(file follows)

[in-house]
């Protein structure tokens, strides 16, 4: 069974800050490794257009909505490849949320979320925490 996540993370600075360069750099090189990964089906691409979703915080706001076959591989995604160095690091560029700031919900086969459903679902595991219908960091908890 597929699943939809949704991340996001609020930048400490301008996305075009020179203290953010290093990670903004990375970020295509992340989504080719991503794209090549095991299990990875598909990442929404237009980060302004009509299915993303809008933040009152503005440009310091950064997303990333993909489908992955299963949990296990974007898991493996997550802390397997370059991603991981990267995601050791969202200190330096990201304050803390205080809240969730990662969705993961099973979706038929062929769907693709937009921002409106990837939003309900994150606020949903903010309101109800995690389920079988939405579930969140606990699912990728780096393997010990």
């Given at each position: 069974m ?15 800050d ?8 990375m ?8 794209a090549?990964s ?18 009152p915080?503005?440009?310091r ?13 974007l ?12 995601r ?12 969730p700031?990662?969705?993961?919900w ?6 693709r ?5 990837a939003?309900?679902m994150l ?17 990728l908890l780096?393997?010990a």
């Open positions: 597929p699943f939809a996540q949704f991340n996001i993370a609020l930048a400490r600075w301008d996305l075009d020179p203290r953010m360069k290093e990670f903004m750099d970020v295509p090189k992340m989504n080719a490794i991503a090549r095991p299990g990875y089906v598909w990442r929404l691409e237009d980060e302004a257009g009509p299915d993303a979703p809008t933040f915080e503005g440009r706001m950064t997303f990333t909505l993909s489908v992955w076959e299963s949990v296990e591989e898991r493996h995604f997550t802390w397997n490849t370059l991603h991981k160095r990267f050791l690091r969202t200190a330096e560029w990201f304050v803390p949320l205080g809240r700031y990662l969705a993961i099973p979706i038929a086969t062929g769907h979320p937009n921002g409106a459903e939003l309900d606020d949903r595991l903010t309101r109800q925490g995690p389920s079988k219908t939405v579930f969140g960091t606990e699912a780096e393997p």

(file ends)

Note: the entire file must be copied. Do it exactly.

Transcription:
[in-house]
């Protein structure tokens, strides 16, 4: 069974800050490794257009909505490849949320979320925490 996540993370600075360069750099090189990964089906691409979703915080706001076959591989995604160095690091560029700031919900086969459903679902595991219908960091908890 597929699943939809949704991340996001609020930048400490301008996305075009020179203290953010290093990670903004990375970020295509992340989504080719991503794209090549095991299990990875598909990442929404237009980060302004009509299915993303809008933040009152503005440009310091950064997303990333993909489908992955299963949990296990974007898991493996997550802390397997370059991603991981990267995601050791969202200190330096990201304050803390205080809240969730990662969705993961099973979706038929062929769907693709937009921002409106990837939003309900994150606020949903903010309101109800995690389920079988939405579930969140606990699912990728780096393997010990």
């Given at each position: 069974m ?15 800050d ?8 990375m ?8 794209a090549?990964s ?18 009152p915080?503005?440009?310091r ?13 974007l ?12 995601r ?12 969730p700031?990662?969705?993961?919900w ?6 693709r ?5 990837a939003?309900?679902m994150l ?17 990728l908890l780096?393997?010990a």
């Open positions: 597929p699943f939809a996540q949704f991340n996001i993370a609020l930048a400490r600075w301008d996305l075009d020179p203290r953010m360069k290093e990670f903004m750099d970020v295509p090189k992340m989504n080719a490794i991503a090549r095991p299990g990875y089906v598909w990442r929404l691409e237009d980060e302004a257009g009509p299915d993303a979703p809008t933040f915080e503005g440009r706001m950064t997303f990333t909505l993909s489908v992955w076959e299963s949990v296990e591989e898991r493996h995604f997550t802390w397997n490849t370059l991603h991981k160095r990267f050791l690091r969202t200190a330096e560029w990201f304050v803390p949320l205080g809240r700031y990662l969705a993961i099973p979706i038929a086969t062929g769907h979320p937009n921002g409106a459903e939003l309900d606020d949903r595991l903010t309101r109800q925490g995690p389920s079988k219908t939405v579930f969140g960091t606990e699912a780096e393997p």